Tuesday, June 20, 2017

More on the London Fire

I think it was 2009 when power was cut to our building because a bushfire burned through a major electricity cable somewhere in the state. I was stuck in a lift with a famous bearded media person's then wife and a building cleaner. Famous bearded media person is now a politician. I subsequently learnt that the lift emergency lighting should have lasted for twenty minutes. The lighting did last in the other lift, but our lift lighting went off after a couple of minutes. This raises the question, can we trust people who maintain safety systems? Scarily, I think not.

British Prime Minister May has announced an enquiry into the fire. There is no need. It is obvious as to what happened, and it was serious lack of care and negligence by the local council, underlined by poor government regulation and poor inspection standards .

I have read enough to make a conclusion that in Britain, well some parts of it, the fire regulations are quite unique. That is, do not evacuate when there is a fire. Each flat is self contained, insulated from fire in another flat. In the case of this Grenfell Tower fire, there was only one stair set and firefighters did not want to be blocked as they attend a fire by residents streaming down the stairs and out of the building. Remember, each flat is fire protected from a fire in another flat.

But what seems to have happened in the recent renovation of Grenfell Tower is that the individual boxing or isolation of individual flats was breached, extremely. Add to that, the installation of an outer covering with panels of aluminum on the outside and a flammable material between the panels, it ending up being a recipe for disaster.

These panels put on buildings in renovations are used to improve the building's insulation. At times panels are attached directly to the building, which can cause mould and damp issues, and at times there is an air gap.

I suggest that any old high rise building that undergoes a major renovation should have a sprinkler and stair positive air pressure system, at the very least. Sprinklers cost and they can be ugly when retrofitted, but at least you don't die.

The panels that clad Grenfell Towers were two sheets of aluminium with an synthetic insulating material in between the sheets. The synthetic material was not fire resistant. In cold climates is a cheaper way of insulating buildings. Here in Australia where we don't need such insulation from the cold. It is used for aesthetic/cheap/developer profits purposes.

Now you tell me if I am not talking commonsense. How on earth around the whole world are the exteriors of tall buildings allowed to be clad with a combustible material that can race flames up the exteriors of a building in minutes???

In my city, we have seen a non fatal example of the problem. In Britain, we see a very fatal result.

Around the world of big business has been let off the leash and indulged in such poor construction and renovation in the guise of a reduction of red tape for capitalism. There was a time when strict regulation was needed and required. Yet even back in the 70s, buildings like Grenfell Towers were built without sprinkler systems when it was very obvious that sprinklers were being installed in some buildings.

Not that Australia can be holier than thou, but what happened in London is a disgrace. Sixty people dead? One hundred dead? It is a moot point. That the block went up like a bonfire is damning to all levels of government and the building trade involved.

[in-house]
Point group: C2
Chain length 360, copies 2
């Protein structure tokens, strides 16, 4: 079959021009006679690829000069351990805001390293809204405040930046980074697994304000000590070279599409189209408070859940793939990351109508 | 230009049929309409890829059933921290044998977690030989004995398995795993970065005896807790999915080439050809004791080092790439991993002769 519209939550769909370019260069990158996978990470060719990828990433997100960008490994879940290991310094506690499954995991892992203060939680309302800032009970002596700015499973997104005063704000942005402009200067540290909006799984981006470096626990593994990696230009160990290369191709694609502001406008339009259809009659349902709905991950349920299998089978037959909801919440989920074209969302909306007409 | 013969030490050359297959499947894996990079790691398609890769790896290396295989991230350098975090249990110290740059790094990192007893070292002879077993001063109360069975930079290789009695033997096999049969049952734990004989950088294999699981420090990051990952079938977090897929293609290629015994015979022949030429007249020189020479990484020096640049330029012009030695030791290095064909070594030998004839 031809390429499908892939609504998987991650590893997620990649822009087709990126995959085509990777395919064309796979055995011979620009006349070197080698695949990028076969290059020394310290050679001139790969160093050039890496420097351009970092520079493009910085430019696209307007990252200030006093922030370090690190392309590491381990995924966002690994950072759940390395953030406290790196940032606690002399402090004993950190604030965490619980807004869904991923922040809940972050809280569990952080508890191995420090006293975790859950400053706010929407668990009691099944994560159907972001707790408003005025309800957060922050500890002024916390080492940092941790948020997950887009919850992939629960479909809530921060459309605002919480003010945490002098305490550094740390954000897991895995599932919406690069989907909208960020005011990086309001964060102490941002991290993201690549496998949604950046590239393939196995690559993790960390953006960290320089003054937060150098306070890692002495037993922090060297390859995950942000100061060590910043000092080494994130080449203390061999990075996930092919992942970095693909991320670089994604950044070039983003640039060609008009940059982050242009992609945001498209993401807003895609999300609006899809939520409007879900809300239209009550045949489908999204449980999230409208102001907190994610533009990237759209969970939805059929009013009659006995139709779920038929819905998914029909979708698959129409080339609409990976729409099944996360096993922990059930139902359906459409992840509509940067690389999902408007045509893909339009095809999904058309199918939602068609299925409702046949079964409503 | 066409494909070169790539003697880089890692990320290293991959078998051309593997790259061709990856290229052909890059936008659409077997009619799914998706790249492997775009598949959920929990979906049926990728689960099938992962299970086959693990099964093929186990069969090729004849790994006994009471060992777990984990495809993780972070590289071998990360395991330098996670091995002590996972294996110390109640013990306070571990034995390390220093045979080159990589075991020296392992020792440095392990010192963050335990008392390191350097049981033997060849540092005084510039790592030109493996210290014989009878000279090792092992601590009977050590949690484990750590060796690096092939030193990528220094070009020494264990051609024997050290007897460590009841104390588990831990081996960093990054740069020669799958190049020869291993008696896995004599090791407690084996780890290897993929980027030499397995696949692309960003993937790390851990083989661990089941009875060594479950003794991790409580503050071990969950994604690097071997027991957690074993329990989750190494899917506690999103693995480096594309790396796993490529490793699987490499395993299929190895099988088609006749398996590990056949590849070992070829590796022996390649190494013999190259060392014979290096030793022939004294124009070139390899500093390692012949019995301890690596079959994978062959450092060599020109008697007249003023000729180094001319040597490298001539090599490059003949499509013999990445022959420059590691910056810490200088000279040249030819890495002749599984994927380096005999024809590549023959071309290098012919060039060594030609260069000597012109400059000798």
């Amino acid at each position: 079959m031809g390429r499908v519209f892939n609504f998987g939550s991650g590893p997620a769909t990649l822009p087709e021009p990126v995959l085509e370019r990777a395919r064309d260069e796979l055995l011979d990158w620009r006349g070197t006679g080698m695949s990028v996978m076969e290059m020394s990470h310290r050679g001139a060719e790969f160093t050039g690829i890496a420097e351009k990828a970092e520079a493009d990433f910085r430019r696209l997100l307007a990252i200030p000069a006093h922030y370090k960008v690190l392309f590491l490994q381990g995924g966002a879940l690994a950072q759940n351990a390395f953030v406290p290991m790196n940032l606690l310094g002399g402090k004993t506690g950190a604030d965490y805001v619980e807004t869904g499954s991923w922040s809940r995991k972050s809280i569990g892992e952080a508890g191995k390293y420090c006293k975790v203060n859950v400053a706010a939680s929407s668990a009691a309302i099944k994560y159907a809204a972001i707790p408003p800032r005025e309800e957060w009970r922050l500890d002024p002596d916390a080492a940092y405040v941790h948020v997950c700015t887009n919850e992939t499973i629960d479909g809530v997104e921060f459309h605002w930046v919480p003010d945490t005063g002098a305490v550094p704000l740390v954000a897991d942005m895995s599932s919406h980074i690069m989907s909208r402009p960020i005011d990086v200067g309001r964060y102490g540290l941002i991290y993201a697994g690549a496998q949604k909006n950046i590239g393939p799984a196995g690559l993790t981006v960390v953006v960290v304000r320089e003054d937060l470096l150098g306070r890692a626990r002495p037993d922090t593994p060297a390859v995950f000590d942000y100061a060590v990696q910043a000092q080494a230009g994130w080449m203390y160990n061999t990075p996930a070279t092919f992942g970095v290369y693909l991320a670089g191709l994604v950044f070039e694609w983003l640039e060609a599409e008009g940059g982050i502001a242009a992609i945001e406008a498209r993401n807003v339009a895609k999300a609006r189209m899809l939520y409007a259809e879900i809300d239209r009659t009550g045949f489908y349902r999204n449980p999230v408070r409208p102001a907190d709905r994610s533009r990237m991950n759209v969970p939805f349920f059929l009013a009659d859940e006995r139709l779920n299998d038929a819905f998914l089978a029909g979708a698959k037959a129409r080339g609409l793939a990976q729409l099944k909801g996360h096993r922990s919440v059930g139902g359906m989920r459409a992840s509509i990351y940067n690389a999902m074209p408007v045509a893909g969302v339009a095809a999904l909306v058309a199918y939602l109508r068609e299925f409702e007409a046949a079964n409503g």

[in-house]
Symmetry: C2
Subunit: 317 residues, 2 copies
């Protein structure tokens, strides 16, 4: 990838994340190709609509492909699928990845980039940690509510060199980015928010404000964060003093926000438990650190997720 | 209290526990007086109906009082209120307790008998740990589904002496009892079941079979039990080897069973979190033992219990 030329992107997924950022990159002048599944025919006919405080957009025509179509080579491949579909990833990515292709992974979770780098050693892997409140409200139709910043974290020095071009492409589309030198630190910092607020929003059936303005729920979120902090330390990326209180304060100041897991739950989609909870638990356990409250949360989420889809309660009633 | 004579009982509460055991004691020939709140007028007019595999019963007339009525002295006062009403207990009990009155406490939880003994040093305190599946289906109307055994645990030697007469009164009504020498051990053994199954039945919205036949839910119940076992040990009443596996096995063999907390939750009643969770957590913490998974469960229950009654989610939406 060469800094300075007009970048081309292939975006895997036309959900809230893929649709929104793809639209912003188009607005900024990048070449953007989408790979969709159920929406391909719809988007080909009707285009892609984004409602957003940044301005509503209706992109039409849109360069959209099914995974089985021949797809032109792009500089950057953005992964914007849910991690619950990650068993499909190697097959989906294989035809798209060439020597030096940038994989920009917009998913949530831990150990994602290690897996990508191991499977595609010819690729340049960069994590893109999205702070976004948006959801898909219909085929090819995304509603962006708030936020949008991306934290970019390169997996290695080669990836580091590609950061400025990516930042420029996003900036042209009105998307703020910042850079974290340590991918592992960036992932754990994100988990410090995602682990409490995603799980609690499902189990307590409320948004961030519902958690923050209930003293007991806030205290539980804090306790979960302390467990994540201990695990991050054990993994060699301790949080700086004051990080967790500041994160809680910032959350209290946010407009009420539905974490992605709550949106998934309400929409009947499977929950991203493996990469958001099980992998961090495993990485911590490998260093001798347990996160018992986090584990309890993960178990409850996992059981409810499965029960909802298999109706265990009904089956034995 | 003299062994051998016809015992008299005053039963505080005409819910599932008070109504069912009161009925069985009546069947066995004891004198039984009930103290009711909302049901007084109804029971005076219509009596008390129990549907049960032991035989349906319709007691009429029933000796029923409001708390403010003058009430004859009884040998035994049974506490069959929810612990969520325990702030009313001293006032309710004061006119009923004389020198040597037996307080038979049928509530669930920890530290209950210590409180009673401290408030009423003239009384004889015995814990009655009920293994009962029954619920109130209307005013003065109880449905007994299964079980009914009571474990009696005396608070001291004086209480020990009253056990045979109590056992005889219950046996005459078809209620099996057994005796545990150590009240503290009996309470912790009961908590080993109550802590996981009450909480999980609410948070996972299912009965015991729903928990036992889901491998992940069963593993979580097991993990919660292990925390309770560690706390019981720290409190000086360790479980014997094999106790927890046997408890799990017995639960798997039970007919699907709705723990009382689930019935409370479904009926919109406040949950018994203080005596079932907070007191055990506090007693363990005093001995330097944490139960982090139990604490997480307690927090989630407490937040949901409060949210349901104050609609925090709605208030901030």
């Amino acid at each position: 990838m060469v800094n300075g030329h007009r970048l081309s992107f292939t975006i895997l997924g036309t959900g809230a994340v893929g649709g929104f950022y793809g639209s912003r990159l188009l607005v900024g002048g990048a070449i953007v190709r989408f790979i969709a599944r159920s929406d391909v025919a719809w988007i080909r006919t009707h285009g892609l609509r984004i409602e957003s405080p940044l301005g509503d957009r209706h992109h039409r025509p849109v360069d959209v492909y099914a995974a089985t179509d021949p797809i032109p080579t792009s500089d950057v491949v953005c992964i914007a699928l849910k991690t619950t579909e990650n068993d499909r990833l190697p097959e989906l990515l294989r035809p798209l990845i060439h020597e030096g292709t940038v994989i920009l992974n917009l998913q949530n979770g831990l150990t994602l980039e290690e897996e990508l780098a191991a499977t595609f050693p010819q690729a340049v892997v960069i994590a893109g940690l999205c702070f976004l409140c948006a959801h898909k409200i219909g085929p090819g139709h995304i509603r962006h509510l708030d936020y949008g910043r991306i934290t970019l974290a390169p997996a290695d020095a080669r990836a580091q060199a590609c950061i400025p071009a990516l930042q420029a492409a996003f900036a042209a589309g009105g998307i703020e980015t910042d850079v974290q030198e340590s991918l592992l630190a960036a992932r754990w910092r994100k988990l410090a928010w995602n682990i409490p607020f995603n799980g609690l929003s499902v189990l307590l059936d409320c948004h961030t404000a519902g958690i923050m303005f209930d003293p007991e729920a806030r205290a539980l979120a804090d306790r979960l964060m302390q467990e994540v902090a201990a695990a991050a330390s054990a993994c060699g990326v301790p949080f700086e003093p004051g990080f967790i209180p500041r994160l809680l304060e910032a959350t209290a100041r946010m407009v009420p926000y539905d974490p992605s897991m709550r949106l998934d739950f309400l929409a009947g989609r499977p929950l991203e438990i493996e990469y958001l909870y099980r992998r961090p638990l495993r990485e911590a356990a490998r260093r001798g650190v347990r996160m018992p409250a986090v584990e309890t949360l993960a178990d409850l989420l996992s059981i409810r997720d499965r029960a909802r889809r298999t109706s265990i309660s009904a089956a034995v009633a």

Britain knows well the dangers of fire. The Great London Fire in the 1600s. Bradford stadium fire....so many dead. The Kings Cross Station escalator fire, again so many dead. It is a criminal disgrace and well have the police launched a criminal investigation.

26 comments:

  1. Yes.
    Cutting red tape is too often an excuse to skimp on safety measures, increase profits, and risk lives.
    So not worth it.

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    1. EC, there used to be building inspectors of buildings, new and post renovation. How did that all go wrong?

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  2. Most hospital wards no not evacuate unless the fire is on our own area

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    1. John, the practicality of evacuating a hospital would preclude that normally. The policy of fire contained to an area seems quite sound, but only if the building is sound and properly designed to do that.

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  3. That fire only reinforces my resolution to never live above the fourth floor and to never spend the night in a hotel where my room would be above the fourth floor! Also, I will never shelter in place if the building is on fire! There were people on the top floor who lived because they immediately left the building, even helping an elderly person down the stairs. Maybe everyone should have one of those ropes attached inside their apartment to throw out the window to climb down. Well, I could not hold onto that!

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    1. PP, cool name! I don't blame you for your caution. You point about people leaving is sound. It is not the way things should work in England but since the whole system failed these people, it was a wise thing to do.

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  4. Andrew, I think I'd be a little unsettled if forced to live a 'Highriser' life.
    Even here at home in a North London house with 8 Flats, one is always relying on all the other tenants to act sensibly and not put the other tenants lives in danger.